To the News Enterprise:
Wes Dingman pulled on Twelve League Boots to opine on capitalism in his recent article. As often happens when stepping high and fast over a complex subject, much of essential importance is over-emphasized or overlooked depending on the writer's preconceptions.
Contrary to Wes's assertion, empathy lies at the very heart of the capitalist system. Before revenues are generated or any profit is made market research, formal or informal, must be undertaken to determine what service or product a customer wants; what he is prepared to pay for it; how, when and where he wants it delivered, and a host of other questions. In business terms, this corresponds to the "empathy" Wes speaks of. Communist economics allow for no such empathy, which is why the Soviet Union ended up with warehouses full of yellow shoes no one wanted. Private sector companies that don't have empathy and don't respond to its signals are destined to fail. So much for the general absence of empathy Wes fails to discover in capitalism.
When critiquing an institution, it is helpful to distinguish whether a perceived shortcoming is due to a flaw inherent in the institution itself, or whether it is simply a manifestation of an element of human nature. A good example of an institutional flaw is to be found in bureaucracy and the bureaucratic culture and mindset. This is awkward for a critic of capitalism to deal with because the largest and worst bureaucracies are to be found not in private enterprise, but in government which has at it's disposal a uniquely toxic combination of unlimited financial resources, police power, regulatory apparatus, executive orders, legislative mandates, etc. These are in constant use and readily available to enlarge and defend the interests of government bureaucracies and their allies.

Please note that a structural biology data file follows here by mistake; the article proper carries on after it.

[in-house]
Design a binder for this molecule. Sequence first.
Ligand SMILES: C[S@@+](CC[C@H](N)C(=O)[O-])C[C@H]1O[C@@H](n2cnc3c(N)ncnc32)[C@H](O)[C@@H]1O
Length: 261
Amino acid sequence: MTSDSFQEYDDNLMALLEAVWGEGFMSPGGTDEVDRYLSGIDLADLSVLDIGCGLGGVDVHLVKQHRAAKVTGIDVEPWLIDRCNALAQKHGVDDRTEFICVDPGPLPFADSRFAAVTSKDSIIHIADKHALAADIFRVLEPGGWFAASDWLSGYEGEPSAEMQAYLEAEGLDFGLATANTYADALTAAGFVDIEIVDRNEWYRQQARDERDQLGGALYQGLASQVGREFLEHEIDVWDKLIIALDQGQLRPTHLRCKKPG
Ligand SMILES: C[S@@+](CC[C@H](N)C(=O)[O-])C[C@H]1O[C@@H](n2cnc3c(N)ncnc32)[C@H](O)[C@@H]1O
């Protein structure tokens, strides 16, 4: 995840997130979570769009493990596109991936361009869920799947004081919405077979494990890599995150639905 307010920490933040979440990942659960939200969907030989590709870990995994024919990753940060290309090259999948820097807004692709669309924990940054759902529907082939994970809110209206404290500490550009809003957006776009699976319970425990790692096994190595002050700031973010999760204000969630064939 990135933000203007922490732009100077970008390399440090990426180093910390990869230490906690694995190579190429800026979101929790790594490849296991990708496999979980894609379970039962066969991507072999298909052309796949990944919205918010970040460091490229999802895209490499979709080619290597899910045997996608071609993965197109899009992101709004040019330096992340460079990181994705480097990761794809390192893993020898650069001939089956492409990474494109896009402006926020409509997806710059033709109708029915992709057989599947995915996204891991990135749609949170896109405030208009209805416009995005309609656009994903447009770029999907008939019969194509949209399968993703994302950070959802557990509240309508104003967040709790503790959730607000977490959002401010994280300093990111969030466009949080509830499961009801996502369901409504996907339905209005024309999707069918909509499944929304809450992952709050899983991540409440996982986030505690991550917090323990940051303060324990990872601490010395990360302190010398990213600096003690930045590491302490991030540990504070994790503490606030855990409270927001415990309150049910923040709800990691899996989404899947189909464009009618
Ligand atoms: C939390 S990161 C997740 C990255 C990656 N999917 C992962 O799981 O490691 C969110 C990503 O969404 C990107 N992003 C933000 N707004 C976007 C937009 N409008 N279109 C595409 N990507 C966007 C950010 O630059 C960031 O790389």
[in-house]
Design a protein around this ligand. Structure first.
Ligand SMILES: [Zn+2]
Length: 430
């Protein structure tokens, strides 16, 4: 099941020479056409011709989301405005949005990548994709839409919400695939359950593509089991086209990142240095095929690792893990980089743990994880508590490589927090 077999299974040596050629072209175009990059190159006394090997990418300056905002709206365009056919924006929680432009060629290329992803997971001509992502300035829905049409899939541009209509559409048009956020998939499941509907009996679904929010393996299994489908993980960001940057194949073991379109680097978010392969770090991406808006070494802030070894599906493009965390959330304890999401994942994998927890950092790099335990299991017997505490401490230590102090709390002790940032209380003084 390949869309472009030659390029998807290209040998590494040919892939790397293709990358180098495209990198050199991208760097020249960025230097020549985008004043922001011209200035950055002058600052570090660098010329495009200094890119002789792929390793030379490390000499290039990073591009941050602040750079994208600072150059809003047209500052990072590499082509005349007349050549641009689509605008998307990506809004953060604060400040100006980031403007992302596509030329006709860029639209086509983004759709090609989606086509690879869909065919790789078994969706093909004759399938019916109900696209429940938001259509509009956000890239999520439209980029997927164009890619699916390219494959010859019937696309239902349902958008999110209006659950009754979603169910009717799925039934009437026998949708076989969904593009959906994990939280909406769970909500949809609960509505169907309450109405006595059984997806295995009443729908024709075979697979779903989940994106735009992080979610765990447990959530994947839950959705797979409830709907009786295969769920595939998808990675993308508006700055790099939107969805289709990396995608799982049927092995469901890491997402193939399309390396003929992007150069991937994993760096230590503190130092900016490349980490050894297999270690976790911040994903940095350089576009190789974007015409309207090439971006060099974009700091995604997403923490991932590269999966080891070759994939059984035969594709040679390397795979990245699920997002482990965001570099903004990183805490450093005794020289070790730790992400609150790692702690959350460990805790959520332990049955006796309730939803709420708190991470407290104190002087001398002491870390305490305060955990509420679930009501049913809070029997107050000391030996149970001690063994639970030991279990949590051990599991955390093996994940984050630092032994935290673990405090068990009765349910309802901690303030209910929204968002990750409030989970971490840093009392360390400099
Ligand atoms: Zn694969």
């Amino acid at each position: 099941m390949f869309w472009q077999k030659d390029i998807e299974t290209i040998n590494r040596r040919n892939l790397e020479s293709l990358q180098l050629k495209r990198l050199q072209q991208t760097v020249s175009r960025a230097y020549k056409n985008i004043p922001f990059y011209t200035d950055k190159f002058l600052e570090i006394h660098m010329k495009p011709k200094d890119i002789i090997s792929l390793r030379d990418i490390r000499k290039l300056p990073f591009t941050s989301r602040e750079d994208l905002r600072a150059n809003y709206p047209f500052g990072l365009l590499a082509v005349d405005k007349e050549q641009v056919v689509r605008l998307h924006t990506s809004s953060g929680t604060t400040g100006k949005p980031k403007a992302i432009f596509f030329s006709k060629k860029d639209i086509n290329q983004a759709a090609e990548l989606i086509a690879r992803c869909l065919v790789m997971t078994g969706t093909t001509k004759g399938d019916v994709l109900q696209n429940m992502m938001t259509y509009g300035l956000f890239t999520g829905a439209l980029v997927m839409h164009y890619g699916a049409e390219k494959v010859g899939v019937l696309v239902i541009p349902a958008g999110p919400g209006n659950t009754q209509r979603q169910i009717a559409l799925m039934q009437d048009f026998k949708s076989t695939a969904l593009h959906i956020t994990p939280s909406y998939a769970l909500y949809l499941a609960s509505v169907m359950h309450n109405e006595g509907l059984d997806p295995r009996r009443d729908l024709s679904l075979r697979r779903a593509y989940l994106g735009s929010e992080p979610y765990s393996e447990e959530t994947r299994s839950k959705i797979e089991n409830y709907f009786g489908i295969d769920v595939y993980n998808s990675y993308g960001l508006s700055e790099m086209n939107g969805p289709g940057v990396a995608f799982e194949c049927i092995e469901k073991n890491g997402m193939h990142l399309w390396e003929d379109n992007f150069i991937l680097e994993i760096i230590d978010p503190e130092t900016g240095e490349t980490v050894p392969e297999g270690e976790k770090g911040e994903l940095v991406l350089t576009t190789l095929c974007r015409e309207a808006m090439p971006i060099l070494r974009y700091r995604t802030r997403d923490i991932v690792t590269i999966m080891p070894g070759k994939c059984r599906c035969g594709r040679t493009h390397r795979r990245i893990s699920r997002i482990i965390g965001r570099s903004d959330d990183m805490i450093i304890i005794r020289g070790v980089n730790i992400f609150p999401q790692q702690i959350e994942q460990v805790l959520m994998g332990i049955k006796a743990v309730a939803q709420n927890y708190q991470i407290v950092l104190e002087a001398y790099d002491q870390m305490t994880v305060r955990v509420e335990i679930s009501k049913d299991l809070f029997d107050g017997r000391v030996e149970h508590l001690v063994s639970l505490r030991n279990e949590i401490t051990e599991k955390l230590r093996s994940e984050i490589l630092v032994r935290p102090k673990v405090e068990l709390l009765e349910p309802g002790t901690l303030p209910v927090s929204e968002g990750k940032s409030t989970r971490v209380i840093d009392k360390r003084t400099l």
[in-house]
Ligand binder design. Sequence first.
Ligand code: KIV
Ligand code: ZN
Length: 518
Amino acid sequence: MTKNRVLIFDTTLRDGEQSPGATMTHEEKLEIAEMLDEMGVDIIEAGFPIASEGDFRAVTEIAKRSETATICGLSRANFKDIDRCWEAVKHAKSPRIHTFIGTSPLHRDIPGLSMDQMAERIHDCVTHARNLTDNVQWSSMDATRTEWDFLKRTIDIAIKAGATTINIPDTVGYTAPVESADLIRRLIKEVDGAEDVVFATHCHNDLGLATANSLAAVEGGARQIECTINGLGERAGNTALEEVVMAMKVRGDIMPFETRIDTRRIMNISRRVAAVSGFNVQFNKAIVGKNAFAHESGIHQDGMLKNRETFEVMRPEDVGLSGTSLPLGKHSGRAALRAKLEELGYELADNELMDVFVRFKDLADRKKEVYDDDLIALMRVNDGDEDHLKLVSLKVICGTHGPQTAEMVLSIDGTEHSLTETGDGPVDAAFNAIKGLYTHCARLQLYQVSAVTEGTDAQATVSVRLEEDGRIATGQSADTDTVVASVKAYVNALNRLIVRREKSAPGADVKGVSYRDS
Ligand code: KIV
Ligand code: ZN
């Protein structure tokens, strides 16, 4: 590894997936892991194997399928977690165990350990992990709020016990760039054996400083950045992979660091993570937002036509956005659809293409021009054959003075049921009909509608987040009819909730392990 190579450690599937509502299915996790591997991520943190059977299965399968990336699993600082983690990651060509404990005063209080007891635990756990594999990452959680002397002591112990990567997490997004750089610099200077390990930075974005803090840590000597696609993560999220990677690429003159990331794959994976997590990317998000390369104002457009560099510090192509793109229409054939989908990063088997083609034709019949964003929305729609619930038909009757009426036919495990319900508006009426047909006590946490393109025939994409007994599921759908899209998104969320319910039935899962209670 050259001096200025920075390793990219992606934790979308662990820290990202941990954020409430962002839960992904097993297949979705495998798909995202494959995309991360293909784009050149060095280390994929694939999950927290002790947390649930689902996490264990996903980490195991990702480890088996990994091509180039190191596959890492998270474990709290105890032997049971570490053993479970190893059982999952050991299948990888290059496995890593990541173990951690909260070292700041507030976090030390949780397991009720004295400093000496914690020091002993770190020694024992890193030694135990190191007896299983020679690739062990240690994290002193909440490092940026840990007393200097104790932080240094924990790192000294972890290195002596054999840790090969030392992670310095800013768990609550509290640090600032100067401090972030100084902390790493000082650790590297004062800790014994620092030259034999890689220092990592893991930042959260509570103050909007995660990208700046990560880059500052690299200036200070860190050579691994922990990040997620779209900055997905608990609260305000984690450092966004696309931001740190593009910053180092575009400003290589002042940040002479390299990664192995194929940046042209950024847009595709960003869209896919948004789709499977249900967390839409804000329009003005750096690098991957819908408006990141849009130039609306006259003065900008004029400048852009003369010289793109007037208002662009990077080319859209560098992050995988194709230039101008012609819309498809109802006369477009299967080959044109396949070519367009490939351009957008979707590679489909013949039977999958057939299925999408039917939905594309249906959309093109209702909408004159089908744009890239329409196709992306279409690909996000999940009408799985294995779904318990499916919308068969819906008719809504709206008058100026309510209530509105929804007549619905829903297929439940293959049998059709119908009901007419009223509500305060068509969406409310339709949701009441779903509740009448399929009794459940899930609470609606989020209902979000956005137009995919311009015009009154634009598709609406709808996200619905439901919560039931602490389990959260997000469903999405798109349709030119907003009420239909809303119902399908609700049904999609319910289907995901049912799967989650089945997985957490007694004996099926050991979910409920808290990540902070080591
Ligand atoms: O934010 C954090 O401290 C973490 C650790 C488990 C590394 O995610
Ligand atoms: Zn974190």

To be sure, given the flaws in human nature, both humans and their economic enterprises need common sense laws and regulatory of oversight. But these need to be wise and as light as possible for freedom to flourish and individual initiative to maximize its scope.
There is one observation that is truly breathtaking in Wes's ruminations on the nature of capitalism. That was his casual observation that the time may have come for the world to dump capitalism for a new system. Oddly, he doesn't say what he has in mind.